Recognizing that young people have different needs than their adult counterparts, the District should align its time limit policy with the needs of young families.

For more information on DCAYA’s work around supporting young parents please visit our policy and advocacy pages at www.dc-aya.org.

This post was written by DCAYA Policy Associate Susan Ruether. To stay up-to-date on current youth issues, make sure to FOLLOW us on Twitter and LIKE us on Facebook.  

Tuesday, April 23, 2013

OSSE,Deputy Mayor for Ed. and State Board of Education Hearing Re-cap

It seems like only yesterday we were asking our members to preemptively get budget season on their minds and yet a couple months later here we are in the middle of the FY'14 budget season. Yesterday's OSSE/DME/SBOE hearing put us just over the halfway point for hearings so we thought we would share some of the highlights for those of you who couldn't make it or didn't tune in to listen to all 76 witnesses (big shout out to OSSE here for organizing so many of their grantees and supporters!).

So, onto the major points on the youth front from yesterday's hearing:

1) Fund Pathways to Adult Literacy: Many of you may know that the Mayor's "wish list" of funding proposals includes a $4 million dollar bump to the Office of Adult and Family Education at OSSE, but many constituents (DCAYA included) testified today to take that priority off the "wish list" and move it into OSSE's operating budget for FY'14. The Youth-Friendly DC readership may remember the blog post we did around the time of OSSE's performance hearing on why "adult" literacy services could also be considered youth literacy services, but beyond that its also important to fund these services at an appropriate level because one of the number one predictors of K-12 students academic success is their parents literacy level. Many of the witnesses at yesterday's hearing were their representing OSSE's adult basic education grantees and they gave some very moving testimony on why funding adult literacy services is of the utmost importance.

2) Support is High for the Dual Enrollment Fund: As the always eloquent Nicole Hanrahan from DCAYA member org LAYC mentioned in her testimony, the Dual Enrollment Fund that was established by OSSE earlier this year has made college level coursework a reality for dozens of students in the District. Dual enrollment is an often cited strategy for decreasing high school dropout, increasing college access and retention and is a very promising strategy for students who are seeking to earn an alternative high school credential such as the GED. A number of students, CBOs and even representatives from local post-secondary institutions like Trinity, Howard and the Community College testified on the importance of this fund. Chairman Catania did voice a willingness to find funding to bolster the Dual Enrollment fund in the future, but he did say today that his current funding priority is the Pathways to Adult Literacy Fund.

3) Ensure the Career and Technical Education Line Item Holds Steady: As you may have read in our first take on the budget a few weeks back, the CTE line item in OSSE's budget is set to experience a cut of about $300,000. We have spoken with OSSE about this cut, and it sounds as though this cut is not a true cut and current programming levels will hold. It is important to recognize thought that for OSSE to carry out the recommendations of the CTE Task Force that met last fall, more funds will likely be needed. DCAYA's testimony raised this point in conjunction with a few other stakeholders.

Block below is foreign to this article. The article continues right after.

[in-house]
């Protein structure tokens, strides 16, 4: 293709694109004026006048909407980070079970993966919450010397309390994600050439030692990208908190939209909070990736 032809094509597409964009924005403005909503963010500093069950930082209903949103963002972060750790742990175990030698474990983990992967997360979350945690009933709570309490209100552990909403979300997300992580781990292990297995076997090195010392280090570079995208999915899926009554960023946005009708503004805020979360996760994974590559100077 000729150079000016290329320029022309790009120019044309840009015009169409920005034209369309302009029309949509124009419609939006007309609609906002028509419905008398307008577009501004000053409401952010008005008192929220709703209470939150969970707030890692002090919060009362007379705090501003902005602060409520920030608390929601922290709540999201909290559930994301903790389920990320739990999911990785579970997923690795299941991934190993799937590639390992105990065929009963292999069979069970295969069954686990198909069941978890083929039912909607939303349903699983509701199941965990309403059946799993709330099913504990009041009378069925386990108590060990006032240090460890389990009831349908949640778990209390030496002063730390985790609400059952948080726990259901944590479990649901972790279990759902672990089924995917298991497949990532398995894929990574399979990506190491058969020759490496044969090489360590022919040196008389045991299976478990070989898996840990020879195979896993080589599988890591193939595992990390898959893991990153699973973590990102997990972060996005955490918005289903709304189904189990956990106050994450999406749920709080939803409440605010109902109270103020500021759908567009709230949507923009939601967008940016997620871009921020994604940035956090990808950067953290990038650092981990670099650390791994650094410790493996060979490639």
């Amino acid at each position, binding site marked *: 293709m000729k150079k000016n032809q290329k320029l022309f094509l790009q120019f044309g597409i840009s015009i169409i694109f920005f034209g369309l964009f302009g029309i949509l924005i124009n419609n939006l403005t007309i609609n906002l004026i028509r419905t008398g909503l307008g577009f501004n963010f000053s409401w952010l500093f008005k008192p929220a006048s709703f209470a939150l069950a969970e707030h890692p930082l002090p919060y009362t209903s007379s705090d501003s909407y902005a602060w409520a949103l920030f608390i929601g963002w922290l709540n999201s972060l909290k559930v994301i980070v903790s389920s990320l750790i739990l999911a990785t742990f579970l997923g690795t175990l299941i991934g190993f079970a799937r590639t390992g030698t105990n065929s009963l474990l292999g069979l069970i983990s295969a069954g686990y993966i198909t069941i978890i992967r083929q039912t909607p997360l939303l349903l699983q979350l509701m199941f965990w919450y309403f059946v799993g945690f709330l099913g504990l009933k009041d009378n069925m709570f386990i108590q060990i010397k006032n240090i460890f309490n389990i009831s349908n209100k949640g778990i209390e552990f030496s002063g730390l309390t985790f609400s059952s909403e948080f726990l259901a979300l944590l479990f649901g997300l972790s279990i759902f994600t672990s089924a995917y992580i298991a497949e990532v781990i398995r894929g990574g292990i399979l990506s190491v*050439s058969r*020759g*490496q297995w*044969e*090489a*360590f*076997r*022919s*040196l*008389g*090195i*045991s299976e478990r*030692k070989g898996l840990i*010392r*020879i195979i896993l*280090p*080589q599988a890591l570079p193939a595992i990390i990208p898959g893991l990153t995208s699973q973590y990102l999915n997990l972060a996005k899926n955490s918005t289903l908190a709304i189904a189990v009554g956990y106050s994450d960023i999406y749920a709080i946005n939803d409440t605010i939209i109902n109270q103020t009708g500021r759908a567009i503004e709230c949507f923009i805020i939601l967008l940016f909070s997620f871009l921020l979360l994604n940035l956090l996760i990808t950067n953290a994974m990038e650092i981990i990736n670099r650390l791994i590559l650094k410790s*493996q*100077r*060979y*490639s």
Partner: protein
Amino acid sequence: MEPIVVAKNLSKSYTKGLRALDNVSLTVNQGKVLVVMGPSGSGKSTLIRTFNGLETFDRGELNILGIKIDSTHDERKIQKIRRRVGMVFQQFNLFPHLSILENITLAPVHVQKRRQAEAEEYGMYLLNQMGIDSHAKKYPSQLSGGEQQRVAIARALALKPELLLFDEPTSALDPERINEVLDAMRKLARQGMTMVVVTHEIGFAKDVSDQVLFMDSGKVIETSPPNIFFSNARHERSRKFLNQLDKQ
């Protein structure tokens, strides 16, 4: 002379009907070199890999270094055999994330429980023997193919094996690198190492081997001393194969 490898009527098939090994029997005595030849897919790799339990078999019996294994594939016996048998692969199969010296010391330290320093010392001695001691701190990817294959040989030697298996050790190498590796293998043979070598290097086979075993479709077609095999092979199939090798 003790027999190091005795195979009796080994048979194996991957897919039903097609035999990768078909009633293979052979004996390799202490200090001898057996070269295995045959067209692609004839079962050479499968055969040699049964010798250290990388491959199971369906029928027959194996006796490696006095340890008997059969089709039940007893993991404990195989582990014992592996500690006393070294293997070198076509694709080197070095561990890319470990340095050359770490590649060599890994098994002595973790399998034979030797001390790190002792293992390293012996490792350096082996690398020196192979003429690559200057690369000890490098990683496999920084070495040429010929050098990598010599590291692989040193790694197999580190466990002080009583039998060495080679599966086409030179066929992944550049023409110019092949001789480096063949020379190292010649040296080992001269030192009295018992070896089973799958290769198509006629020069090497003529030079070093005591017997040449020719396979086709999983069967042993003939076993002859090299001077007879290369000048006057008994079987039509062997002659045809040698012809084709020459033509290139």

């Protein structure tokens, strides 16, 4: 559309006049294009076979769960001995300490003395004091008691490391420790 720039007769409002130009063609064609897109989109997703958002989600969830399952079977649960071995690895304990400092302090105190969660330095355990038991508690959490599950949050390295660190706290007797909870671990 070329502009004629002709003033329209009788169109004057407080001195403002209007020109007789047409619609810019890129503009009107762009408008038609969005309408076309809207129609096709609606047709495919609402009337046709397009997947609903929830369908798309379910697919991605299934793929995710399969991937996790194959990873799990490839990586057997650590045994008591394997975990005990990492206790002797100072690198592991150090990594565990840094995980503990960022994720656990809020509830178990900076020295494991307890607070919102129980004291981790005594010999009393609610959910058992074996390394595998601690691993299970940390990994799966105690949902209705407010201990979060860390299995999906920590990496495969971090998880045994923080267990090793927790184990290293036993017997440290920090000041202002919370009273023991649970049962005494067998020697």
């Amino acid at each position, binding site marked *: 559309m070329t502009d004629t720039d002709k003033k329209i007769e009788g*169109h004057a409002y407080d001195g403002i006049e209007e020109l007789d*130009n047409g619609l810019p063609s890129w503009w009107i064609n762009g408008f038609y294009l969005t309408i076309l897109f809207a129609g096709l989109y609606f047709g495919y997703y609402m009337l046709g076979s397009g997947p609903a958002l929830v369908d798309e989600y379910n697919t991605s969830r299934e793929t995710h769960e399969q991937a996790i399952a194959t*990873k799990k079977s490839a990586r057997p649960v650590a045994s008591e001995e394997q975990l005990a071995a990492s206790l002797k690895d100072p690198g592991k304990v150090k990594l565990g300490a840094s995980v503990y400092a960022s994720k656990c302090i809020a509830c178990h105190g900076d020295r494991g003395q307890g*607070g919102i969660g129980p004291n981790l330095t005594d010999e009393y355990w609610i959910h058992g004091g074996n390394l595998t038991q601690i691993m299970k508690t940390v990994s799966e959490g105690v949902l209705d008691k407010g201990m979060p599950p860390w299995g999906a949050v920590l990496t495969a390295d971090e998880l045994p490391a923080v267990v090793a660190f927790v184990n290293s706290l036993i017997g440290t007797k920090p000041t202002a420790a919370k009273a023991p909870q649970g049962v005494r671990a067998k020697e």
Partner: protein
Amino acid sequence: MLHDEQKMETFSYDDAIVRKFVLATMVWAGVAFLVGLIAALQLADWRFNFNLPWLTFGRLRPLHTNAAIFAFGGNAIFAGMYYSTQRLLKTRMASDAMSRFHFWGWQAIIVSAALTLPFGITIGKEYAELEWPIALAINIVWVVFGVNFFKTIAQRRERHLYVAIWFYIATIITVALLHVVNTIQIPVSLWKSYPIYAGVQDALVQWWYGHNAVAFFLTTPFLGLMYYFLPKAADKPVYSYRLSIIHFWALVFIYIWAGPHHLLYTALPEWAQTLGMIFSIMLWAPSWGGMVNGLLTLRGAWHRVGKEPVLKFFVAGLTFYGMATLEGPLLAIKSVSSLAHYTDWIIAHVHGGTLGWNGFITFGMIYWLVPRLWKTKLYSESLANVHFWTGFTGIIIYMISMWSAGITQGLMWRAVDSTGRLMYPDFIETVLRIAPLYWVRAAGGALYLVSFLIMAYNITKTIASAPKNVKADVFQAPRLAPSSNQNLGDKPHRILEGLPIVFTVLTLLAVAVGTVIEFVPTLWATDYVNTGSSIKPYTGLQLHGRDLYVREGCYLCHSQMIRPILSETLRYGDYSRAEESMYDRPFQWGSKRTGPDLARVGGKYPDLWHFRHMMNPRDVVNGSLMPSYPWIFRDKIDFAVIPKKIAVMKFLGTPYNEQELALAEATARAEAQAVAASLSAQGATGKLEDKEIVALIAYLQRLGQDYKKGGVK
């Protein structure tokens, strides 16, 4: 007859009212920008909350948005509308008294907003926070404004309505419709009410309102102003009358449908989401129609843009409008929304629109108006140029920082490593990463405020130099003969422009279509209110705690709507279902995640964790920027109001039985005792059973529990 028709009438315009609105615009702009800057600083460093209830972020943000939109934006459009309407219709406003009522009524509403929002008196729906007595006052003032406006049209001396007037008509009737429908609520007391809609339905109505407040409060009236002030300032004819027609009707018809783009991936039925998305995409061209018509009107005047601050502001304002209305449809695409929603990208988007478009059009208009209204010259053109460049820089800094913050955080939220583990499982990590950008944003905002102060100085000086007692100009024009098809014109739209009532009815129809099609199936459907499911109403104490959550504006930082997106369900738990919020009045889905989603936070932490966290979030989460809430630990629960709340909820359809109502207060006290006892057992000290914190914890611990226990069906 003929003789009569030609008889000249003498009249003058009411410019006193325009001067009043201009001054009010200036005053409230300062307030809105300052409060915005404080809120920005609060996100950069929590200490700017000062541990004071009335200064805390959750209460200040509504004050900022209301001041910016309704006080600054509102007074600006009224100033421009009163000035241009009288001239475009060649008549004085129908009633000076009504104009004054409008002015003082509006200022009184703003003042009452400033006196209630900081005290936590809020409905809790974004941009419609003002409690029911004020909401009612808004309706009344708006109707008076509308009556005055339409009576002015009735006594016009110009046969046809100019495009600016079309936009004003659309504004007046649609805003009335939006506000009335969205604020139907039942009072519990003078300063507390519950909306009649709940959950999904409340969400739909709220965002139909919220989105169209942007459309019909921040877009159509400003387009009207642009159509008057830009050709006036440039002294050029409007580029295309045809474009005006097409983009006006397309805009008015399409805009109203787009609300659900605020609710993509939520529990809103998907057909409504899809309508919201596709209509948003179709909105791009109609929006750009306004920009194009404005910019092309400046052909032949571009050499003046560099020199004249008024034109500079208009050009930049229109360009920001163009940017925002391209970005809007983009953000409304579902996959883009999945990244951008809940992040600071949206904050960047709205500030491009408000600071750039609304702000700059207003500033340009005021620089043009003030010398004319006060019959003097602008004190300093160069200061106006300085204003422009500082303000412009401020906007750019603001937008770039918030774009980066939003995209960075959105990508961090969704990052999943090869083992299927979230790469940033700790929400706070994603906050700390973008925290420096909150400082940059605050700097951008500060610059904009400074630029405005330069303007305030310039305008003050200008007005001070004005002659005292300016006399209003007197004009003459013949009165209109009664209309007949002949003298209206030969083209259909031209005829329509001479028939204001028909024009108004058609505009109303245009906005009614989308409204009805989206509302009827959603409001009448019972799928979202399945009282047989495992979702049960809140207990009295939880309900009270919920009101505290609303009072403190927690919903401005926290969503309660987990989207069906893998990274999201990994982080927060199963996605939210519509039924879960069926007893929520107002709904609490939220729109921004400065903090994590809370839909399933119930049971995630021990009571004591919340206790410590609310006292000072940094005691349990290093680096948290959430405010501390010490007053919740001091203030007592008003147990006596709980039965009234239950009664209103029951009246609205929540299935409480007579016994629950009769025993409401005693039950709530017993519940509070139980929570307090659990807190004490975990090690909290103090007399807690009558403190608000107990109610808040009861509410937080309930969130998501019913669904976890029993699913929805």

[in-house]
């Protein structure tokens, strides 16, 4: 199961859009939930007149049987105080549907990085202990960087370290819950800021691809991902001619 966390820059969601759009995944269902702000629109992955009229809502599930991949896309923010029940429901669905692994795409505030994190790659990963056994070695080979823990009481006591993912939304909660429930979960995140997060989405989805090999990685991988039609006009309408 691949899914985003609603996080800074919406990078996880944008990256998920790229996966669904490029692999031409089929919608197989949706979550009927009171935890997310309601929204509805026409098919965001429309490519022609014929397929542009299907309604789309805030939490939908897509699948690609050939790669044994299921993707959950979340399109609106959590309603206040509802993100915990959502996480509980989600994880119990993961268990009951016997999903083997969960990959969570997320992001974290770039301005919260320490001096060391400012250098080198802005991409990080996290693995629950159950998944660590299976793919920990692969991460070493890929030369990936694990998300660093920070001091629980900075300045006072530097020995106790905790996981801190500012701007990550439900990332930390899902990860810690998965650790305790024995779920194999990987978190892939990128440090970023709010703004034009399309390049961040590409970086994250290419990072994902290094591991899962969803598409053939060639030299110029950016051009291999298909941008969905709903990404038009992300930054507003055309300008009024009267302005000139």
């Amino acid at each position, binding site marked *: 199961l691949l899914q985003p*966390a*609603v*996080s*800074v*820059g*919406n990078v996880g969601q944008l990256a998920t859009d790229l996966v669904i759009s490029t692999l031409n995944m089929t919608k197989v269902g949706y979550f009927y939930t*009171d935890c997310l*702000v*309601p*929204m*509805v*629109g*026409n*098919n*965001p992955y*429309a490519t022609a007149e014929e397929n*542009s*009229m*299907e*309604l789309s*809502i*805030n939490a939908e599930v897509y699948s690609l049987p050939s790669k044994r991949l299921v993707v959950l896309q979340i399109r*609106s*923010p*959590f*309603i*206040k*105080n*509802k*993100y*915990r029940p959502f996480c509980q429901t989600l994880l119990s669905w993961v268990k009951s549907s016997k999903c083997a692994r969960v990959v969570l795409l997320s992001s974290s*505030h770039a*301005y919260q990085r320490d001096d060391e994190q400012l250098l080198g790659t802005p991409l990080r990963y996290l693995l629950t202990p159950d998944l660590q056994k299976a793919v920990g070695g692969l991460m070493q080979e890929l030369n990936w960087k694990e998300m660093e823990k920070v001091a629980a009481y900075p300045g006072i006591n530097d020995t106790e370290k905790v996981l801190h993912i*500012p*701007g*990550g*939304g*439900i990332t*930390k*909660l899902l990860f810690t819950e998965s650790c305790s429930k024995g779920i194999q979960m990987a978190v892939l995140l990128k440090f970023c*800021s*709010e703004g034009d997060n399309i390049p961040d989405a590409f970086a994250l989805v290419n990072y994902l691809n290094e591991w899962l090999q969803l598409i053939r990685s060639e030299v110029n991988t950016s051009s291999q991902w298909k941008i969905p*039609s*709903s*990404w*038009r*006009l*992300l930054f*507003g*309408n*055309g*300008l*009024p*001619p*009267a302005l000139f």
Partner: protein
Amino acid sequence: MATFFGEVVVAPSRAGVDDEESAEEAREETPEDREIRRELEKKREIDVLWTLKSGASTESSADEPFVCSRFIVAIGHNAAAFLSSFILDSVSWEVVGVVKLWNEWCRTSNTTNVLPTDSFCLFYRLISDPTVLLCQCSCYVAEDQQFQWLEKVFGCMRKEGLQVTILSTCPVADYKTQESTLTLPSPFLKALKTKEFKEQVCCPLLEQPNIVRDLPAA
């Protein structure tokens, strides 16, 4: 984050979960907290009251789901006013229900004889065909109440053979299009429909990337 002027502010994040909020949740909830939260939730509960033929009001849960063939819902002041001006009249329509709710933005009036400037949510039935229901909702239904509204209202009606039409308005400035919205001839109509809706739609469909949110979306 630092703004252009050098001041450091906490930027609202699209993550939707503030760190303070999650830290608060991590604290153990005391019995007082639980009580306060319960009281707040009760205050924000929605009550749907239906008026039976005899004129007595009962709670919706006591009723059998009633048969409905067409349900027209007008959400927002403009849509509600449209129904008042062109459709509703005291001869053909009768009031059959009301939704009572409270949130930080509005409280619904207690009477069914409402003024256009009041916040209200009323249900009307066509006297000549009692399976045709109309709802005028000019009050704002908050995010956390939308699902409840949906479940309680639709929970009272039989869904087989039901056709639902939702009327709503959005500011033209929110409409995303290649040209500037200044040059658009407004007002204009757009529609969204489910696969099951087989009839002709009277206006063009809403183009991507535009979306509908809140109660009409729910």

4) Fund the Education Ombudsman Office:There was some chatter late last year about re-funding this office and here at DCAYA we are generally supportive of funding an office in the education cluster who has the sole responsibility of being responsive to parents and students who are having issues in both DCPS and Charters. The District is legally required to have and Ombudsman, however the position was only ever funded for one year. Both Chairman Catania and Council member Grosso seemed to support bringing back an Ombudsman.

There were a number of points made by various stakeholders at the hearing about the early education expansion planned by OSSE for FY'14. Sharra Greer's testimony from Children's Law Center, gives a fantastic overview of some of the planned changes. This however is not DCAYA's area of expertise so we'll leave that one to the experts to cover.

This post was written by DCAYA Policy Analyst Anne Abbott. To contact her with questions or concerns you can email her here.

Don't forget to FOLLOW DCAYA on Twitter and LIKE us on Facebook so you can stay up-to-date on youth issues in the District.

Wednesday, April 17, 2013

Prepping for the FY'14 CYITC Budget Hearing

 Hopefully everyone reading this has already signed up to testify at Thursday mornings budget hearing for the Children Youth Investment Trust Corporation, and you’re amping up to explain to Council why investments in our youth intermediary and expanded learning sector are important. On the off chance that you’re still working on your testimony, or want a little more information before you take the plunge we thought we’d use today’s blog post to hit on the budget highlights that will impact expanded learning programming and provide some additional food for thought on crafting your testimony. 

The funding stream to support expanded learning programs is diverse, however recognizing that we already touched on DCPS last week, we’ll focus this analysis solely on CYITC ( the Trust). The Mayor’s proposed budget has kept the funding to the Trust flat at $3,000,000. At this mark:

· The Trust will be stretched to sustain support for the 3,100 youth who received Trust funded programming this year;